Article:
Condoms and lube
Condoms with lubricants made with native latex are ready to be packed Yasuyoshi Chiba/AFP/Getty Images

Ugandan Health Minister Sarah Opendi has hit out at the National Disease Control Programme over the purchase of 964,000 tubes of lube in the belief the product is for gay people.

According to the local Daily Monitor newspaper, the purchase was made using money from the Global Fund.

Based in Geneva, Switzerland, the organisation aims to tackle AIDS, tuberculosis and malaria. As of 2015, 1.5 million people in Uganda were living with HIV and there were 28,000 deaths due to AIDS, according to the UN.

During a meeting on Friday (21 April), Opendi raised questions over the purchase "for the sexual minorities", the Daily Monitor reported. Homosexuality is illegal and sex education is banned in the east African nation.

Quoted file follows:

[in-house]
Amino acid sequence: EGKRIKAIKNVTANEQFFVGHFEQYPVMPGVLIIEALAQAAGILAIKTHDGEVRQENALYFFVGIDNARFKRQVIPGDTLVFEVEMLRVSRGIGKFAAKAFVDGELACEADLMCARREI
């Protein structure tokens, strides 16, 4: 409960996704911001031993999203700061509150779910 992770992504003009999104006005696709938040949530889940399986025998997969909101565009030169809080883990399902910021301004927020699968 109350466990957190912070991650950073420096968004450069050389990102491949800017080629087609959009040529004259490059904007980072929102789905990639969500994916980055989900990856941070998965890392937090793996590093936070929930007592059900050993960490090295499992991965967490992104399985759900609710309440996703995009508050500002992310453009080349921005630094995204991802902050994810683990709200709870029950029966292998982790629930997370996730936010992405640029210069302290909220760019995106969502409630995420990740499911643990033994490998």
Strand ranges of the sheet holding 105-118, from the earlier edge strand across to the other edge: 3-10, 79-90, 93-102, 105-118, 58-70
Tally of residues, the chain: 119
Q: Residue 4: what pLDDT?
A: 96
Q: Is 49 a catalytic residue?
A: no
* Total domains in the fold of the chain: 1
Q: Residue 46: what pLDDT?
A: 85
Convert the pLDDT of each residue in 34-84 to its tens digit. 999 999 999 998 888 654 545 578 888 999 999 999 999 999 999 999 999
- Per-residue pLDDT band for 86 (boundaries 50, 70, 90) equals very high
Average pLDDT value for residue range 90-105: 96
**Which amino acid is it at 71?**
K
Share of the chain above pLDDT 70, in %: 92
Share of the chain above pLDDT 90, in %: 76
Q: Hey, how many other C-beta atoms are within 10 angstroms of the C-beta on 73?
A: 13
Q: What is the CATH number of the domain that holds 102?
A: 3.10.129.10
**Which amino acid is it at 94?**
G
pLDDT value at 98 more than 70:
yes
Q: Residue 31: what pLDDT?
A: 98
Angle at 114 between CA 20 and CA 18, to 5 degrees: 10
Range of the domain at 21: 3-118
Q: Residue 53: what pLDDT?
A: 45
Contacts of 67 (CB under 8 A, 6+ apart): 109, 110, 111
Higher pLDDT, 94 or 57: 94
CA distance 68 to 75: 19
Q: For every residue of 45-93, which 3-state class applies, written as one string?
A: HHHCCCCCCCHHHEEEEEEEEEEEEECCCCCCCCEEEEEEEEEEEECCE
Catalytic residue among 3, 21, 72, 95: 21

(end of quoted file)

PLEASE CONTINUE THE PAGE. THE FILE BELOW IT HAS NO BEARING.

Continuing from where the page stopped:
Opendi voiced political disapproval over the purchase totalling 3bn Ugandan Shillings (£647,000). "We are very surprised by the programme manager of the AIDS Control Programme. We are reviewing our previous quarter work plan and during his presentation, he talked about procurement of 964,000 lubricants."

She added: "We have never approved any such lubricants or any such commodities to be brought into this country.

"Homosexuality remains an illegal activity, according to our laws and, therefore, as Ministry of Health, we cannot be seen doing the opposite....the Global Fund money is supposed to help in the fight against malaria and other diseases not buying lubricants for homosexuals," said Opendi.

Uganda homosexuality
Members of religious groups campaigning against homosexuality hold placards during a 2007 rally in the Ugandan capital James Akena/Reuters

The brand of the lubricants are not clear. The place of purchase also remains a mystery.

Lubricants "reduce dryness and friction during vaginal and anal sex" and "makes a split condom less likely", according to the NHS. It can also make sex more comfortable.

According to the Centers for Disease Control and Prevention, using a water or silicon-based lubricant can also help reduce HIV risks as they "lower the chances that the condom will break or slip during sex."